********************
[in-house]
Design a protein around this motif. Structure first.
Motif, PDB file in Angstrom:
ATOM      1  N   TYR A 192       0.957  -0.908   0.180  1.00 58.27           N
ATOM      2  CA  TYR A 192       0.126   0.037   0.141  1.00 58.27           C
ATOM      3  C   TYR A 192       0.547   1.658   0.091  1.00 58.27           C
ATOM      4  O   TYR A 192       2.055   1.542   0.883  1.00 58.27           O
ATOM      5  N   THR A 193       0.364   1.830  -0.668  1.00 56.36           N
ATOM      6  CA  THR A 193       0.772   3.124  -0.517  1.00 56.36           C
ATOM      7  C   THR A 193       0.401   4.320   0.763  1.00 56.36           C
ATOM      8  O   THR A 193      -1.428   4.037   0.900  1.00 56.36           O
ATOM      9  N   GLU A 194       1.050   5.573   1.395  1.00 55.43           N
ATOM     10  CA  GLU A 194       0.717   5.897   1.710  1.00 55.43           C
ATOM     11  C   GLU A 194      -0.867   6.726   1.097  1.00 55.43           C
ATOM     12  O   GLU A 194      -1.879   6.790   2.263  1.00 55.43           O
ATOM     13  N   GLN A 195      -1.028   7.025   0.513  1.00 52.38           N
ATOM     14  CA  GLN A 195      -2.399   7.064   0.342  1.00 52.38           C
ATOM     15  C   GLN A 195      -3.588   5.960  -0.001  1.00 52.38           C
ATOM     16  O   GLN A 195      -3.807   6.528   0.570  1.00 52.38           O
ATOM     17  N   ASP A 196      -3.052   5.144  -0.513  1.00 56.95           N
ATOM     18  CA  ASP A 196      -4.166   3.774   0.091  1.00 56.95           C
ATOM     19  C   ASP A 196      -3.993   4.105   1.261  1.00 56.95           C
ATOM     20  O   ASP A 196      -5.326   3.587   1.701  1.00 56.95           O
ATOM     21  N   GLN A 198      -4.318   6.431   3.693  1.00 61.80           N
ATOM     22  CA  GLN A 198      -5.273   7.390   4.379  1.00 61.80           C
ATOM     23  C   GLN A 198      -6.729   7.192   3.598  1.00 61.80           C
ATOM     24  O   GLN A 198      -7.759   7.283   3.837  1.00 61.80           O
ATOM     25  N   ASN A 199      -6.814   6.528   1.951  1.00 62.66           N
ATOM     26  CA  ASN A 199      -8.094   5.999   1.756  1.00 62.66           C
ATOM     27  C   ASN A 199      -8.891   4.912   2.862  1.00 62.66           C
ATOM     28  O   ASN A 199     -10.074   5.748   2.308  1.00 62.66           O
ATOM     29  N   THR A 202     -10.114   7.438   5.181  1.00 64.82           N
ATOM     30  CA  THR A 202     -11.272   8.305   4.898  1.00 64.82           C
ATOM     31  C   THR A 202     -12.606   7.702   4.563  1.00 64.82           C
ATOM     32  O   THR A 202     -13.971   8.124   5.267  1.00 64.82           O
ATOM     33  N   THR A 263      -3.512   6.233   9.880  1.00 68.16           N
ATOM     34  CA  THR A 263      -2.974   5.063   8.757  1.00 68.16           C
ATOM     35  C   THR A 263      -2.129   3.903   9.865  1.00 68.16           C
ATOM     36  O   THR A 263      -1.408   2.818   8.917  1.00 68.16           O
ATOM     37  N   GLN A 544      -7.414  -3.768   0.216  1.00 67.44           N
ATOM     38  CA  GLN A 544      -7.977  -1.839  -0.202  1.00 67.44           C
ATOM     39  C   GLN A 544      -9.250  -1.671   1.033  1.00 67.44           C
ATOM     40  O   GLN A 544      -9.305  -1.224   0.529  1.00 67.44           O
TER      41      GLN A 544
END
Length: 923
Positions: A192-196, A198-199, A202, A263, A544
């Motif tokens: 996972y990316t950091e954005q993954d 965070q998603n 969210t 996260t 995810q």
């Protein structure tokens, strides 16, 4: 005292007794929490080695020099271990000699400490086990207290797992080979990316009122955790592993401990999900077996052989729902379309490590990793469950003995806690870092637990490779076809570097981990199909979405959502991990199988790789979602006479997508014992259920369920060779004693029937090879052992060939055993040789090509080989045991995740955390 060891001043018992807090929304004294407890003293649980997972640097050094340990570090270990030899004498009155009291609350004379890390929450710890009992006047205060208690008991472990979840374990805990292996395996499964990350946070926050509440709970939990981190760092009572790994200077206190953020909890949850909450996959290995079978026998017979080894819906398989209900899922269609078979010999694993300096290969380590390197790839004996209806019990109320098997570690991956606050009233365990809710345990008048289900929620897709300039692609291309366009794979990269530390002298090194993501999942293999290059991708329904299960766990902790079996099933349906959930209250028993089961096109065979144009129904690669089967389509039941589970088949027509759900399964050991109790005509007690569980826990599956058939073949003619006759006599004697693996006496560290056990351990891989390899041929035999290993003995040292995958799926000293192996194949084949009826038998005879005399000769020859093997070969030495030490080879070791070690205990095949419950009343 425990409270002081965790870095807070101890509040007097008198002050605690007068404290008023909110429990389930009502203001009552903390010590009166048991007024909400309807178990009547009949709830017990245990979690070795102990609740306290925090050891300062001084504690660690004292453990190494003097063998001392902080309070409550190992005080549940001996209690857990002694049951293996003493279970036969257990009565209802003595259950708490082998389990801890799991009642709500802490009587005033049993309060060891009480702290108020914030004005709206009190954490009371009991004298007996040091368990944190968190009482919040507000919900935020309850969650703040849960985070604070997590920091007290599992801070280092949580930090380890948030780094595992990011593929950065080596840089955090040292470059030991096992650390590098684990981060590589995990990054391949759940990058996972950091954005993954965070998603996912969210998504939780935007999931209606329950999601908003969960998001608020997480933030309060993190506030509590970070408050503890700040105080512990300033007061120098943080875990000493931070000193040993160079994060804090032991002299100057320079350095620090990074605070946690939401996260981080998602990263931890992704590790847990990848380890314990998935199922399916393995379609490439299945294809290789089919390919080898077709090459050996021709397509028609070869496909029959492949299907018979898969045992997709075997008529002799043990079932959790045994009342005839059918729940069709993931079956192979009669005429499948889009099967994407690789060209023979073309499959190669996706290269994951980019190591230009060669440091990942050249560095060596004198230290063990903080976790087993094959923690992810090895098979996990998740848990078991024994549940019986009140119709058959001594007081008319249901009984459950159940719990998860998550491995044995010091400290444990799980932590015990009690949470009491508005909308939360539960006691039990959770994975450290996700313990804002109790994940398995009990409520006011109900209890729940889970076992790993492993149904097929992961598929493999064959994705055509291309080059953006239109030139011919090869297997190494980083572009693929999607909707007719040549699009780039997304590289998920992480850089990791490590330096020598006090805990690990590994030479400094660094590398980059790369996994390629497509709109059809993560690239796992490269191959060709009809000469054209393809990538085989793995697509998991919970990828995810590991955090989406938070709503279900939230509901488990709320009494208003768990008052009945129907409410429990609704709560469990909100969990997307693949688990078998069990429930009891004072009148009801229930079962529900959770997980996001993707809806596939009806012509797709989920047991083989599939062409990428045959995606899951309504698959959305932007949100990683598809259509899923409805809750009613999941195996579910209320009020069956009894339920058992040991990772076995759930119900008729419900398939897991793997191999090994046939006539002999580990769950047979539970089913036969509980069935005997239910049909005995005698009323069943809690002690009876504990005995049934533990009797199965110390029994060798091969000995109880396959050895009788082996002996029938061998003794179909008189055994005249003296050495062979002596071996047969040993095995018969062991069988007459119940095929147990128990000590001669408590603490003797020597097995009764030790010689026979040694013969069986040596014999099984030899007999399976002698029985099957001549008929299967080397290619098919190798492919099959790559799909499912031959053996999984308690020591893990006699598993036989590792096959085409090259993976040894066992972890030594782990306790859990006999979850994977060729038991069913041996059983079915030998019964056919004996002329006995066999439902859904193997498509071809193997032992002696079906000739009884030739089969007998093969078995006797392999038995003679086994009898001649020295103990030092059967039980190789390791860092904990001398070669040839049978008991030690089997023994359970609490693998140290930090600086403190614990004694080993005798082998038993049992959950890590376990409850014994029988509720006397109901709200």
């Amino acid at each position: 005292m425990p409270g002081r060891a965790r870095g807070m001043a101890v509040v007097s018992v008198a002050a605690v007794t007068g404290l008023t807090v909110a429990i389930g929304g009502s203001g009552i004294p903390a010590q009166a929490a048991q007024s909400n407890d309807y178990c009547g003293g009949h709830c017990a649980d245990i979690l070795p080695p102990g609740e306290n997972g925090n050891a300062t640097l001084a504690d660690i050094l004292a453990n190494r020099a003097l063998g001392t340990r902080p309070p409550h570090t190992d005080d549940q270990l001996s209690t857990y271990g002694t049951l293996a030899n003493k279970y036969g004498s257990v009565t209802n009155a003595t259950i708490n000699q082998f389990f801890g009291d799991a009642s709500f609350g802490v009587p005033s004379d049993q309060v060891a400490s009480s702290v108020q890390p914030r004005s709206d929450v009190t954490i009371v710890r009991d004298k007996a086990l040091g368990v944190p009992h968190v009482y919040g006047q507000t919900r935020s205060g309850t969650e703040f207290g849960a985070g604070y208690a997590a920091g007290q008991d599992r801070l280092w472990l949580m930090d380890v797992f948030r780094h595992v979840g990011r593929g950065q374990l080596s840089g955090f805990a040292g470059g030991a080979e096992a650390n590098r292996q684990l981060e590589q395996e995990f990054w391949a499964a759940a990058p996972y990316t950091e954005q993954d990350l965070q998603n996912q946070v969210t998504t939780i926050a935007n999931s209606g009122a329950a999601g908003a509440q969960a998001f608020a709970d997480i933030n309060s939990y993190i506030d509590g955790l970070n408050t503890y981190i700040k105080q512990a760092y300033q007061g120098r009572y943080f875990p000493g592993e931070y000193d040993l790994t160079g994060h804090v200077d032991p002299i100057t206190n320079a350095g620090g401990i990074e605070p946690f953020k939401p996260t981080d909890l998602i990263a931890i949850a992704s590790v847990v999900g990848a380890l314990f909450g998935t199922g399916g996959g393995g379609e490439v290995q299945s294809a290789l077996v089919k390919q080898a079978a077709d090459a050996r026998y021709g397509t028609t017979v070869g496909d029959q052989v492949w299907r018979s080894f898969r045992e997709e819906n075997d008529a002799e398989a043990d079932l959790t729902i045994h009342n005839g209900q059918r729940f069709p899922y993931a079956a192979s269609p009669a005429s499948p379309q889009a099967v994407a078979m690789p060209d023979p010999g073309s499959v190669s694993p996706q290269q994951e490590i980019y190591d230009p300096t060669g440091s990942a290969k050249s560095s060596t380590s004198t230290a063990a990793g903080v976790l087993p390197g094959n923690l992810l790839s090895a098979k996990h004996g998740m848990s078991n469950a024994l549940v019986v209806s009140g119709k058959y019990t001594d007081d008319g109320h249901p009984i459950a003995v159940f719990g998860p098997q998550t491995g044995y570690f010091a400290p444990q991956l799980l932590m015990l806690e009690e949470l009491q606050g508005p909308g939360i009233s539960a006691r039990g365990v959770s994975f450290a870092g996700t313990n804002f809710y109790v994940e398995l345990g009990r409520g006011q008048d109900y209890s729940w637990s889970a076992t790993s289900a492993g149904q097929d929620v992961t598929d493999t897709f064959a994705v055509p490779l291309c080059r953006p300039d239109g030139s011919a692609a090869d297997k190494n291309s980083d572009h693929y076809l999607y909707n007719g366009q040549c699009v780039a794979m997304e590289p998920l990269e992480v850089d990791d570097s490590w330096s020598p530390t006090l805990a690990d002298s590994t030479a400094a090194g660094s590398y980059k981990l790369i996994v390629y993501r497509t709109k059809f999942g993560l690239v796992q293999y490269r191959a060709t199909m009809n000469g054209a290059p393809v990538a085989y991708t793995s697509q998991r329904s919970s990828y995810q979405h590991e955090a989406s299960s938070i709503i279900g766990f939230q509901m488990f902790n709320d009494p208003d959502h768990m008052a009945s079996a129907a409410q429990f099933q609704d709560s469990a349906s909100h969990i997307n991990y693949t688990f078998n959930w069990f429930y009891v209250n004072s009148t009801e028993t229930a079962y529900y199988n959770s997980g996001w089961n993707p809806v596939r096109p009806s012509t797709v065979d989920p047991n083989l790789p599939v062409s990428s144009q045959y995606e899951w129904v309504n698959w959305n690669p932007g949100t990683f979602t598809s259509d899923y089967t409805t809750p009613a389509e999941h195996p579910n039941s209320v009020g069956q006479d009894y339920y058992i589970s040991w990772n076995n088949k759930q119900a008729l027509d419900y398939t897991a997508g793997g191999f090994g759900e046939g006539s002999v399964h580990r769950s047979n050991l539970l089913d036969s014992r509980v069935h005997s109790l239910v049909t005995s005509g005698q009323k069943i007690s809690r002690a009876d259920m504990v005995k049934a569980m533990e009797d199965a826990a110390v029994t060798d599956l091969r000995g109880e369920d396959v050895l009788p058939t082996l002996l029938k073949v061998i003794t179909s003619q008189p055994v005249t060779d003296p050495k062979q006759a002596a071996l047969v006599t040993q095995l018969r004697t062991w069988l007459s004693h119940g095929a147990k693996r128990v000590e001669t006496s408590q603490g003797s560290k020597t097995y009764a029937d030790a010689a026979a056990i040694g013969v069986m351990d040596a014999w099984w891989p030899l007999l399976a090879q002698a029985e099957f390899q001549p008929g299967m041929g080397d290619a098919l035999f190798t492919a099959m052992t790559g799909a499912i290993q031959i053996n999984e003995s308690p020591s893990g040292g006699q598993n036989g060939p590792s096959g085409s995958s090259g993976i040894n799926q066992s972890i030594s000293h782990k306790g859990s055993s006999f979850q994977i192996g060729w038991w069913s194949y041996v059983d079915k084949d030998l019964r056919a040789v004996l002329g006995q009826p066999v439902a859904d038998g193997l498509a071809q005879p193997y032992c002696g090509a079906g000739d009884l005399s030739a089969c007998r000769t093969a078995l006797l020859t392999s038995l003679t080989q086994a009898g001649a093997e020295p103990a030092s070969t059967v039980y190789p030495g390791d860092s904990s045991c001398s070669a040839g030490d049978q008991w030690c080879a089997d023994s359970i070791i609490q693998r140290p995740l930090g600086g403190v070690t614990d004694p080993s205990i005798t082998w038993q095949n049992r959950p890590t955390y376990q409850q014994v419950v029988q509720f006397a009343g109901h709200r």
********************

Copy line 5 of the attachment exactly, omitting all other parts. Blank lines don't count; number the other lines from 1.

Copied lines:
ATOM      2  CA  TYR A 192       0.126   0.037   0.141  1.00 58.27           C